Install a Self-signed certificate by using Group Policy

Let’s review the details on how to install a certificate to your PC for domain users and how to add them to the trusted list with Group Policy. In this case, we will install a self-signed certificate for Exchange on client computers.

In the case, if your Exchange server is using the self-signed certificate, users will receive a security alert upon from Outlook. This will happen when users are setting up Outlook for the first time.

group policy alert

To remove this warning, the user needs to add the Exchange certificate to the list of trusted certificates. This can be done manually (or by integrating the certificate into the corporate OS build), but it’s much easier and more efficient to automatically install the certificate using Group Policy (GPO). With this procedure the certificate will be automatically installed on all the existing and new PC users in the domain.


First of all, we need to export the self signed certificate from your Exchange server. In order to do that, open mmc.exe console on the server. After this, add the Certificates snap-in (for your local computer account).


Go to Certificates (Local Computer) -> Trusted Root Certification Authorities -> Certificates

Find your Exchange certificate in the middle section, right click on it and then choose All Tasks -> Export.

console root

In the Certificate Export Wizard select the DER encoded binary X.509 (. CER) format and choose the destination folder.

certificate export wizard

After we have exported the Exchange certificate, we need to store it in the network folder, that all users have read access to (the access can be restricted via NFTS Permissions, if needed; i.e. the folder can be hidden with ABE). For example, let’s say that the path to the certificate file will be: \\msk-fs01\GroupPolicy$\Certificates

certificates group policy

Now we are ready to create the certificate deployment policy. We should open the Group Policy Management console (gpmc.msc). Create a new policy by selecting the OU it should apply to (in this example this OU includes computers of regular users, because we do not want to install the certificate on servers and technological systems), and then click Create a GPI in this domain and Link it here

Enter a suitable name for the policy (Install-Exchange-Cert) and switch to its edit mode.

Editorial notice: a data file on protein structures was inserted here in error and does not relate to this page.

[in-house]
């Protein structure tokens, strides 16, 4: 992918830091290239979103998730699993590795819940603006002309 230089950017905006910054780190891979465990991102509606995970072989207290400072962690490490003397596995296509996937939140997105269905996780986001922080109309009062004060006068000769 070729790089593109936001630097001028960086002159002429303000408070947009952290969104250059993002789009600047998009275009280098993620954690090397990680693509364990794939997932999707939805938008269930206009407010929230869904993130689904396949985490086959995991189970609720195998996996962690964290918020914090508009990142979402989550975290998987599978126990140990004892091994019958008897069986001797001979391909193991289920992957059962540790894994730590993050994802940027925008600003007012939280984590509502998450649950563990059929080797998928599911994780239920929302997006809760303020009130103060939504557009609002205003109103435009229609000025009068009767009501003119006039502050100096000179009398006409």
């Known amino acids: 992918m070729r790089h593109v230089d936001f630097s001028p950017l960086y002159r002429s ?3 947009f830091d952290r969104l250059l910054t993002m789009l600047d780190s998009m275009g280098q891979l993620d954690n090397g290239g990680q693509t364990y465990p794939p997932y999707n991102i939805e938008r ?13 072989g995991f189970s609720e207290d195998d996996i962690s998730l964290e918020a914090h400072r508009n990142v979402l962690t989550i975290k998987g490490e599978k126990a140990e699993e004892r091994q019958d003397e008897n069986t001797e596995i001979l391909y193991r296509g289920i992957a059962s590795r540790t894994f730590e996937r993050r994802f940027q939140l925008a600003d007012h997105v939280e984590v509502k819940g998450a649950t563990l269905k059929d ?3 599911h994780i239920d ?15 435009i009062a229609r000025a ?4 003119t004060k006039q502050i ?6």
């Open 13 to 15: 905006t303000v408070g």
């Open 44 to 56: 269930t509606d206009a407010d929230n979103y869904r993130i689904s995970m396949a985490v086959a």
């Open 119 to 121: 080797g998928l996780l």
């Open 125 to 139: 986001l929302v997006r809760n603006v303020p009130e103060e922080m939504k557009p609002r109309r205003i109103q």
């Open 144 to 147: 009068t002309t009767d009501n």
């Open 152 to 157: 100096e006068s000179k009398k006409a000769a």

group policy edit mode

In the Group Policy editor, navigate to Computer Configuration -> Policies -> Windows Settings -> Security Settings -> Public Key Policies -> Trusted Root Certification Authorities (Computer Configuration -> Configure Windows -> Security Settings -> Public Key Policies -> Trusted Root Certification Authorities)

Right click in the right pane and select Import.

group policy editor

Choose the path to the imported file that we stored in the network folder.

group policy name

Make sure to specify that the certificate has to be stored in Trusted Root Certification Authorities.


certificate import wizard

We did it! Certificate deployment policy has been created. It is also possible to set up a more strict user policy using Security Filtering or WMI filters.

Let’s test the policy by running policy update command (gpudpate/force) on the user PC. You need to make sure that certificate had appeared in the trusted certification store. This can be done in certificate management (Trusted Root Certification Authorities-> Certificates), or in the Internet Explorer settings (Internet Options -> Content -> Certificates-> Trusted Root Certification Authorities and Internet Options -> Content -> Certificates -> Trusted Root CAs).

sertificates group policy

You need to restart your computer and after this you should not receive the warning about untrusted certificate.

And thus we set up the certificate deployment group policy on the domain computers. The certificate will be automatically installed on all new computers without requiring any tech support involvement.

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